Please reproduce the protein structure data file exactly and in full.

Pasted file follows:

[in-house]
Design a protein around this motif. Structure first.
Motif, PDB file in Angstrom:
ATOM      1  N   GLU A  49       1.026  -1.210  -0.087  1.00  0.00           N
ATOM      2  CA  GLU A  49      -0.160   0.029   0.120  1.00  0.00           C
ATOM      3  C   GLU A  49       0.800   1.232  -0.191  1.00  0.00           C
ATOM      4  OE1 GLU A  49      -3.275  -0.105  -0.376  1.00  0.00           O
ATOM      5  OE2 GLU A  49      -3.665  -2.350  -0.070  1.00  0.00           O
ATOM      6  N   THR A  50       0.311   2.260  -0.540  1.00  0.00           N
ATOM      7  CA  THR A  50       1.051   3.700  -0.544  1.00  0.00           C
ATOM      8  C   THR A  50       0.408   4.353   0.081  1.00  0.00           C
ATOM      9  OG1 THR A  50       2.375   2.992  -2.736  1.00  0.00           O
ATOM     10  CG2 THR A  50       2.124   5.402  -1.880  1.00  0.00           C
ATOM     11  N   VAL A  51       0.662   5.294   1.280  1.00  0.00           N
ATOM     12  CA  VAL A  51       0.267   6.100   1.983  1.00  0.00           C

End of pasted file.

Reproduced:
[in-house]
Design a protein around this motif. Structure first.
Motif, PDB file in Angstrom:
ATOM      1  N   GLU A  49       1.026  -1.210  -0.087  1.00  0.00           N
ATOM      2  CA  GLU A  49      -0.160   0.029   0.120  1.00  0.00           C
ATOM      3  C   GLU A  49       0.800   1.232  -0.191  1.00  0.00           C
ATOM      4  OE1 GLU A  49      -3.275  -0.105  -0.376  1.00  0.00           O
ATOM      5  OE2 GLU A  49      -3.665  -2.350  -0.070  1.00  0.00           O
ATOM      6  N   THR A  50       0.311   2.260  -0.540  1.00  0.00           N
ATOM      7  CA  THR A  50       1.051   3.700  -0.544  1.00  0.00           C
ATOM      8  C   THR A  50       0.408   4.353   0.081  1.00  0.00           C
ATOM      9  OG1 THR A  50       2.375   2.992  -2.736  1.00  0.00           O
ATOM     10  CG2 THR A  50       2.124   5.402  -1.880  1.00  0.00           C
ATOM     11  N   VAL A  51       0.662   5.294   1.280  1.00  0.00           N
ATOM     12  CA  VAL A  51       0.267   6.100   1.983  1.00  0.00           C